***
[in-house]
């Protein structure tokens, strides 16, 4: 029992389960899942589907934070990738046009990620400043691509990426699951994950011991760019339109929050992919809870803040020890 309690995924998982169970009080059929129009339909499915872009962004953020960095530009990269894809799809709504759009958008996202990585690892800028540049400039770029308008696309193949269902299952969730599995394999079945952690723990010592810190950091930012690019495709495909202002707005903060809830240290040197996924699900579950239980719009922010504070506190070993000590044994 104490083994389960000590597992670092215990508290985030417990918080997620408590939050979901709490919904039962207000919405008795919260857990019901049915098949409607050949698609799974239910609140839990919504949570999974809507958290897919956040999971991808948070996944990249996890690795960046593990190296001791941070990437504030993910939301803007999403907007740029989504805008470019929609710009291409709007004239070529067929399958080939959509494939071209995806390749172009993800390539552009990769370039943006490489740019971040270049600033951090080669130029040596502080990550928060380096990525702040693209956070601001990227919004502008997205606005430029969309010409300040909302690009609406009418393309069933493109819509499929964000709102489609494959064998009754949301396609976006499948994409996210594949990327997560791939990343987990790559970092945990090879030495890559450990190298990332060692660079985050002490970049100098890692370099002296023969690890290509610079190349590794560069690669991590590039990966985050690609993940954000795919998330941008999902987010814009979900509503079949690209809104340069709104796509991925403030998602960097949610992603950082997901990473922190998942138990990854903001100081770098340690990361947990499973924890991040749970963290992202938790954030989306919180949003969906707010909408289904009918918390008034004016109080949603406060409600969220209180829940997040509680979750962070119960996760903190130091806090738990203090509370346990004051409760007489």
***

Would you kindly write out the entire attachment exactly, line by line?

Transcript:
[in-house]
């Protein structure tokens, strides 16, 4: 029992389960899942589907934070990738046009990620400043691509990426699951994950011991760019339109929050992919809870803040020890 309690995924998982169970009080059929129009339909499915872009962004953020960095530009990269894809799809709504759009958008996202990585690892800028540049400039770029308008696309193949269902299952969730599995394999079945952690723990010592810190950091930012690019495709495909202002707005903060809830240290040197996924699900579950239980719009922010504070506190070993000590044994 104490083994389960000590597992670092215990508290985030417990918080997620408590939050979901709490919904039962207000919405008795919260857990019901049915098949409607050949698609799974239910609140839990919504949570999974809507958290897919956040999971991808948070996944990249996890690795960046593990190296001791941070990437504030993910939301803007999403907007740029989504805008470019929609710009291409709007004239070529067929399958080939959509494939071209995806390749172009993800390539552009990769370039943006490489740019971040270049600033951090080669130029040596502080990550928060380096990525702040693209956070601001990227919004502008997205606005430029969309010409300040909302690009609406009418393309069933493109819509499929964000709102489609494959064998009754949301396609976006499948994409996210594949990327997560791939990343987990790559970092945990090879030495890559450990190298990332060692660079985050002490970049100098890692370099002296023969690890290509610079190349590794560069690669991590590039990966985050690609993940954000795919998330941008999902987010814009979900509503079949690209809104340069709104796509991925403030998602960097949610992603950082997901990473922190998942138990990854903001100081770098340690990361947990499973924890991040749970963290992202938790954030989306919180949003969906707010909408289904009918918390008034004016109080949603406060409600969220209180829940997040509680979750962070119960996760903190130091806090738990203090509370346990004051409760007489």